Strikeforce Young Guns III

It’s been said by more than a few well-connected sources that Strikeforce is a show with a successful business model and deserves to be mentioned among the big promotions in North America. Photos by David “Canada” McLeod It’s been said by more than a few well-connected sources that Strikeforce is a show with a successful business model and deserves to be mentioned among the big promotions in North America. The promoters have successfully been promoting kickboxing shows for years in the Bay Area and with that experience in their very first venture into Mixed Martial Arts had the largest attendance of any MMA show at the time (Shamrock vs Gracie). How do they do it? For starters, they know the area very well, and while they have managed to put on some fights between big name stars, much of the draws are produced right here in the talent rich northern California area. In addition to their large, well publicized shows at venues like San Jose Arena and Playboy mansion (in addition to their show on NBC), Strikeforce also produces much smaller shows on their banner such as the Young Guns series, which features local up and coming talent exclusively. Held at the rather intimate San Jose Civic Auditorium, a more theater like venue that house crowds in the tens of hundreds as opposed to the tens of thousands, the joint was nonetheless rocking as fighters were eager to prove they belonged on the big show, and the fans came out to support their friends. Because they card was made up of mainly fighters either making their debut or under five fights, the contests all were made up of 3 x three minute rounds. The first fight of the evening pitted Mike Davis of Cesar Gracie’s camp/Team 209, a fighter who has had a few fights but not any in several years, against a debuting O.J. Dominguez representing Triune. The fight was nearly over quickly as O.J. managed to take Mike’s back from standing, but Mike remained calm and eventually got out. The remainder of the fight was all Davis as he proceeded to grind out a unanimous decision taking down and grounding and pounding O.J. until the final bell. David Rasouli scored some big slams against Jeremy Tavares in the second bout that got the crowd excited. Tavares attempted some submissions from the bottom and even managed to scramble on top at least once in the match, but Rasouli utilized an classic top game and strike strategy to take the second unanimous decision of the night. Eric Castille and Matt Pedro exchanged on the feet and on the ground briefly in the opening round, but early in the second Pedro took control and managed to finish Castille with a choke for the first submission victory of the night. Alexandre Trevino was looking to quickly earn the second submission of the night as he caught the shooting Gennaro Strangis in a guillotine choke early in the first, but Strangis remained calm and escaped and managed to reverse positions. Trevino defended well from his back, and even managed to launch a bit of offense with a few up kicks. In the second round both men managed to land a few hard shots and wobbled the other, Strangis took advantage of this to finish the round in the mount position. In the third round Trevino used his reach advantage and stalked Strangis around the cage in a largely uneventful round, and Trevino took the decision. In the fifth bout of the evening, Ryan Bastianelli controlled Hussain Rasoulli from the top largely to take the decision. The sixth bout was a 125 pound match up that proved to be exciting between Adam Antolin and Javi Alanis. Antolin got the fight to the ground early and worked for the rear naked choke but Alanis managed to survive the round. In the second, perhaps deciding to forgo the submission, Antolin forced the stoppage from strike from the mount. Blink and you missed the bout between Superheavyweights Yohan Banks and Michael Diaz. A flurry from Banks sent Diaz down to the mat early, followed by a brief ground and pound until referee Josh Rosenthal jumped in seconds into the match to award Banks the win by KO. Chris Bostick took control of the match early against Jorge Interiano, and finished the bout with a textbook armbar from the top. An intermission was then called as the officials and crew had to fix the cage. It soon became apparent the door had come off the hinges and the rest of the event had to be scrapped. (Strikeforce officials no doubt having visions of Bobby Southworth and James Irvin spilling out of the cage in their bout a few years ago). Although the crowd was obviously disappointed, and several well anticipated fights were scrapped, the announcer did his best to appease fans by saying the ticket stubs would be honored at the next Young Guns event. Despite the equipment failure, it was a good night of fights and fans had a chance to see who might make it to the big show one days, or more likely get their chance to support their local heroes. Strikeforce is set up for a busy week as just seven days later they hold their second show at the Playboy mansion with a card that has yet to be fully announced. The Young Guns IV show has not been scheduled at this time.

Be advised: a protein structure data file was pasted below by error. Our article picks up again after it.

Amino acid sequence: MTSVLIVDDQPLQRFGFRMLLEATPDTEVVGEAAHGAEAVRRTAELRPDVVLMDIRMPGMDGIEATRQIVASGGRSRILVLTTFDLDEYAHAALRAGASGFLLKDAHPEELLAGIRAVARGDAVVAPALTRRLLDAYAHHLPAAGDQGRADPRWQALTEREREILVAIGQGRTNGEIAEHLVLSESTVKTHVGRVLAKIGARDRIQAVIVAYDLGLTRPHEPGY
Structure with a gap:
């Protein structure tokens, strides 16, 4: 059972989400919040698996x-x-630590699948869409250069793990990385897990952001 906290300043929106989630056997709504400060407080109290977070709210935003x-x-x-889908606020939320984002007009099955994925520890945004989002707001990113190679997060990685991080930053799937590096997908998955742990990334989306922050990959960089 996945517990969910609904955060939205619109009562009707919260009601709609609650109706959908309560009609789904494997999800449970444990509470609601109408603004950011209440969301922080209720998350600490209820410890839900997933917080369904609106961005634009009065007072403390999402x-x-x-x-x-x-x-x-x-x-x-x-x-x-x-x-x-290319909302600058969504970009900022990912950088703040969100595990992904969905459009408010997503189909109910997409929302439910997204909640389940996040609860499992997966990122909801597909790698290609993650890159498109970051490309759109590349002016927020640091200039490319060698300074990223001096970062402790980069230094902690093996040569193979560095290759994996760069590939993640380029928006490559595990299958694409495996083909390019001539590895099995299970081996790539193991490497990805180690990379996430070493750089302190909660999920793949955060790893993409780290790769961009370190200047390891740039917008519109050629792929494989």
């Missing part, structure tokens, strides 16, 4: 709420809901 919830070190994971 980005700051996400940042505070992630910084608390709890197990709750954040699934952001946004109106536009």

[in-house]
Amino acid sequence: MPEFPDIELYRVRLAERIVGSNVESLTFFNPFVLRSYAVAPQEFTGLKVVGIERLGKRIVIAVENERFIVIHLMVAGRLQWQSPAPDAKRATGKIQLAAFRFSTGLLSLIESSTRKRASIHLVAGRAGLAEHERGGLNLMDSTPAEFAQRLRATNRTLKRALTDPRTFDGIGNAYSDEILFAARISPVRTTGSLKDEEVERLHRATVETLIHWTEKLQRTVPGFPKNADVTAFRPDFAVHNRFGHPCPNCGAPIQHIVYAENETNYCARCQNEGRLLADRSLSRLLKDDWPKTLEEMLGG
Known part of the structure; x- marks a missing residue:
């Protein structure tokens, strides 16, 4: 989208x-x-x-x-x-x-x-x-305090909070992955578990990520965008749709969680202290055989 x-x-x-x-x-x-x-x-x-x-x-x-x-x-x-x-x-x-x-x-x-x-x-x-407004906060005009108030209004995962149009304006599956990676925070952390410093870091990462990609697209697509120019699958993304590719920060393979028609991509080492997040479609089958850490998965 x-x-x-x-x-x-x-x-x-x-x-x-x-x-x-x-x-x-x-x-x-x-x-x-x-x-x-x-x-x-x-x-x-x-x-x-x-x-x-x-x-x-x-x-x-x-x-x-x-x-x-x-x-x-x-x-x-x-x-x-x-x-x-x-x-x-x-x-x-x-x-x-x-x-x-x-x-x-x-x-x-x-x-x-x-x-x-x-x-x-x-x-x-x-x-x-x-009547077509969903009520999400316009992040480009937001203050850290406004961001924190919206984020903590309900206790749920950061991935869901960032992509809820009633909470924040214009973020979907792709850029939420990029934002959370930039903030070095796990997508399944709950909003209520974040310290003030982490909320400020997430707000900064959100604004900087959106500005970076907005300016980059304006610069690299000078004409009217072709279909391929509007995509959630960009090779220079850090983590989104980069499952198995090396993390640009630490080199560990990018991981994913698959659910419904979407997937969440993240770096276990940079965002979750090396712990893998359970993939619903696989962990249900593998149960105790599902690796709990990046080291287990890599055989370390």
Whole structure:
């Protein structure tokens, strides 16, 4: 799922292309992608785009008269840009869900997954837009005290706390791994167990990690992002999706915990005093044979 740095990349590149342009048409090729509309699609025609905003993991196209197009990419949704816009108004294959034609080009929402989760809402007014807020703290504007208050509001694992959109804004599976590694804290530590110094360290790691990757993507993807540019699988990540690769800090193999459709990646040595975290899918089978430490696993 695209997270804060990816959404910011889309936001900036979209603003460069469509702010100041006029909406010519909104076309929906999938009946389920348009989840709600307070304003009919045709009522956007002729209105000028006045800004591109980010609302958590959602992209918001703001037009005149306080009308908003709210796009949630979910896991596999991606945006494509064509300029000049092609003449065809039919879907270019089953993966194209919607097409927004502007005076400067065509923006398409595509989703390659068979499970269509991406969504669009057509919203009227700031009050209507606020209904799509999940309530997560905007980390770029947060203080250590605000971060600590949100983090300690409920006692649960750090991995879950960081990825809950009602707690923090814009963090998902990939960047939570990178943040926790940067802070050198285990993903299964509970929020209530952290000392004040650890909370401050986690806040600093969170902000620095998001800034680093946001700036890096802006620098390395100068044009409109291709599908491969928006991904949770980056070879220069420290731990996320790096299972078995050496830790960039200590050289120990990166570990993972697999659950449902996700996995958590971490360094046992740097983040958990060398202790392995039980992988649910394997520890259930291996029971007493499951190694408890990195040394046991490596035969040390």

TechGasp Comments Master

About the author


Gumby is the co-founder of back in 1997 with Scotty Nelson.